One student didn’t like to learn.
When asked to adjust a Taiji pose, he’d make excuses, like “That’s now how I’ve seen it done.” He’d scowl. Or he’d say “That doesn’t feel right.”
The teacher saw that the struggle was internal…the student struggled to change, to do something new.
- The student held fast to beliefs.
So the teacher offered greater challenges: to travel up a mountain, train Taiji forms and drills, and return. But the student proclaimed the teacher “controlling” and refused each challenge.
Later, the student deceived the teacher and was, as a result, kicked out of the school. The student blamed the teacher for the student’s deception.
Was the teacher’s error continuing to teach? Continuing to offer challenges, while perhaps friendly on the teacher’s part, failed to serve the student in a good way because the student demonstrated an unwillingness to learn.
Maybe the error was imagining such a “student” as a student at all?
Classic Martial Arts Stories and Ancient Tests
As I dug through The Life Giving Sword by Yagyu Munenori, I wondered what in the World the first chapter, titled “The Shoe-Presenting Bridge,” referred to? After searching for some time…here’s one of the great stories:
Meeting Huang Shigong
From Wikipedia’s Zhang Liang (Western Han):
As a wanted man by the government, Zhang travelled to Xiapi and stayed there for some time, using fake identities to evade the authorities. One day, Zhang took a stroll at the Yishui Bridge and met an old man there. The man walked towards Zhang and chucked his shoe down the bridge on purpose, after which he yelled at Zhang, “Hey boy, go down and fetch me my shoe!” Zhang was astonished and unhappy but obeyed silently. The old man then lifted his foot and ordered Zhang to put on the shoe for him. Zhang was furious but he controlled his temper and meekly obliged. The man did not show any sign of gratitude and walked away laughing.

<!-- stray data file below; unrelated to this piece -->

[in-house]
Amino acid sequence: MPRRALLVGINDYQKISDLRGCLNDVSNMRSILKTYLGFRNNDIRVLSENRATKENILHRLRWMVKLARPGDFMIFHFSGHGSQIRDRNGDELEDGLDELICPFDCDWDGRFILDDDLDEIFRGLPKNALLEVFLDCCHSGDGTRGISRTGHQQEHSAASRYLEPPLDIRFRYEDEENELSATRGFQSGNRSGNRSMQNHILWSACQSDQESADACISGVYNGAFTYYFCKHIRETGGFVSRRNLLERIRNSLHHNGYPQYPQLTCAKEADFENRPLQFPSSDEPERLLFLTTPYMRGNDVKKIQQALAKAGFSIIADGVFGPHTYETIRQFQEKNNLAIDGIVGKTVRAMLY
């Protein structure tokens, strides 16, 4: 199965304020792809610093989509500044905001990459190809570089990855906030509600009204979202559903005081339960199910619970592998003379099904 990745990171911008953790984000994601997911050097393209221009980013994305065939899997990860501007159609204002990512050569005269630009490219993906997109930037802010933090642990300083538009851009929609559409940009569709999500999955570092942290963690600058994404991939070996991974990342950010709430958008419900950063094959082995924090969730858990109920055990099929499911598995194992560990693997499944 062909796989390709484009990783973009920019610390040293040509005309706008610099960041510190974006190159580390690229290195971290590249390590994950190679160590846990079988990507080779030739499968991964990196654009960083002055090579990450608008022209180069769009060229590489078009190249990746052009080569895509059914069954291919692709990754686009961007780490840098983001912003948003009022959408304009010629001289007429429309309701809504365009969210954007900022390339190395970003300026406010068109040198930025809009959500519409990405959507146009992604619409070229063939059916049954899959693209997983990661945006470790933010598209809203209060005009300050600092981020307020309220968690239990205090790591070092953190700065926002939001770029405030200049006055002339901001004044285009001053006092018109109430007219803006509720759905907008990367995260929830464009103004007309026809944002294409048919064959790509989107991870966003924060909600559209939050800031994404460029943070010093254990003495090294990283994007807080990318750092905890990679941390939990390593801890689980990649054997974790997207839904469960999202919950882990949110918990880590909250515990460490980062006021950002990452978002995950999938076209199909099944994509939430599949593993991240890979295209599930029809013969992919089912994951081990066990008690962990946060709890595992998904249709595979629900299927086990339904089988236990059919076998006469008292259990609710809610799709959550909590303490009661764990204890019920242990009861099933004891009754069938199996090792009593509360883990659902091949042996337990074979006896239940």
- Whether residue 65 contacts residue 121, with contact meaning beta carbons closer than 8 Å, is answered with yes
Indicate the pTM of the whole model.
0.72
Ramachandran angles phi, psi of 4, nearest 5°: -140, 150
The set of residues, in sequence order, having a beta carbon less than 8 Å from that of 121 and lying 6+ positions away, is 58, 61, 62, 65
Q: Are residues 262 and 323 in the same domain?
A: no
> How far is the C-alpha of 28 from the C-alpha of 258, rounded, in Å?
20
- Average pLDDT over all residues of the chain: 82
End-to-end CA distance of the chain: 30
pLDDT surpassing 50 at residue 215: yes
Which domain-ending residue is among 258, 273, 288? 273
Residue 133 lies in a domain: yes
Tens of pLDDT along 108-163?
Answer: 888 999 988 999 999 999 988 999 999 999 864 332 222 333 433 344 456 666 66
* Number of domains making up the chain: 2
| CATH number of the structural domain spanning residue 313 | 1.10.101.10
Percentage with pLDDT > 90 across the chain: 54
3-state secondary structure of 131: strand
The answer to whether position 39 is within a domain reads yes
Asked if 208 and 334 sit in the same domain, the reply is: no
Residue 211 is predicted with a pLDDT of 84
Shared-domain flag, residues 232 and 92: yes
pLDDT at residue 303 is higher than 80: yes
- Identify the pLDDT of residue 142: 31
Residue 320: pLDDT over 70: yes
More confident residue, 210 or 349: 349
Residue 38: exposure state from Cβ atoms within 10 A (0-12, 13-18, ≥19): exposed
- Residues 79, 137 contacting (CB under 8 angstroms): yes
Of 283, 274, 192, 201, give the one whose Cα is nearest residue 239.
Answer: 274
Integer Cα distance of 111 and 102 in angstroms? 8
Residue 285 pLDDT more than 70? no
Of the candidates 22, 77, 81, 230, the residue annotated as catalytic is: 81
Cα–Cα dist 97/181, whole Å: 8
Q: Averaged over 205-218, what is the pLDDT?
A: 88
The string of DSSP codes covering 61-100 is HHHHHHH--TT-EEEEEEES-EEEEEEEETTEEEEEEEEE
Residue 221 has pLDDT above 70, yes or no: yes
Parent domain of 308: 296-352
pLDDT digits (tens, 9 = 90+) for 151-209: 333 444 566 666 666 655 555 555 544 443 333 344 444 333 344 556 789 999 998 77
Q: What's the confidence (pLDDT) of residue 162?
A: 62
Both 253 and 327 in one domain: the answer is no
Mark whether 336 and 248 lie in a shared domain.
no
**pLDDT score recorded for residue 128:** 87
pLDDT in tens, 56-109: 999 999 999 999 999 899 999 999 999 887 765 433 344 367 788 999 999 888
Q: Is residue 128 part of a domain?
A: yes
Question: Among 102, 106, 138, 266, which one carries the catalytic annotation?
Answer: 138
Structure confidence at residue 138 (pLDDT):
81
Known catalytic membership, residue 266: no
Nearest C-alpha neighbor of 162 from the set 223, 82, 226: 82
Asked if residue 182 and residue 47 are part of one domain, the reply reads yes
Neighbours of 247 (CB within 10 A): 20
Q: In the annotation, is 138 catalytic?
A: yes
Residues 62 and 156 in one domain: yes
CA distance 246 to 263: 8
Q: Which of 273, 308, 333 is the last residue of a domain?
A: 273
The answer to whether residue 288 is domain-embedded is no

The old man came back after walking a distance and praised Zhang, “This child can be taught!” and asked Zhang to meet him at the bridge again at dawn five days later. Zhang was confused but agreed. Five days later, Zhang rushed to the bridge at the stroke of dawn but the old man was already waiting for him there. The old man chided him, “How can you be late for a meeting with an elderly man? Come back again five days later!” Zhang tried his best to be punctual the second time but the old man still arrived earlier than him, and he was scorned by the old man once more and told to return again five days later. The third time, Zhang went to the bridge at midnight and waited until the old man appeared. This time, the old man was impressed with Zhang’s fortitude and humility, that he presented Zhang with a book, saying, “You can become the tutor of a ruler after reading this book. Within ten years, the world will become chaotic. You can then use your knowledge from this book to bring peace and prosperity to the empire. Meet me again 13 years later. I’m the yellow rock at the foot of Mount Gucheng.”
The old man was Huang Shigong (黃石公; literally: “Yellow Rock Old Man”) of the legendary “Four Haos of Mount Shang” (商山四皓), a group of four reclusive wise men. The book was titled The Art of War by Taigong (太公兵法) and believed to be the Six Secret Teachings by Jiang Ziya, while some called it Three Strategies of Huang Shigong. In legend, Zhang returned to the indicated site 13 years and did see a yellow rock there. He built a shrine to worship the rock and the rock was buried with him after his death.
I wonder: how many shoes did Huang Shigong throw off the bridge before he found Zhang?
Are You Flexible Enough?
There are times in life to be the Yellow Rock Old Man and times to be Zhang.
Have you trained your mind?
Can you be like Zhang?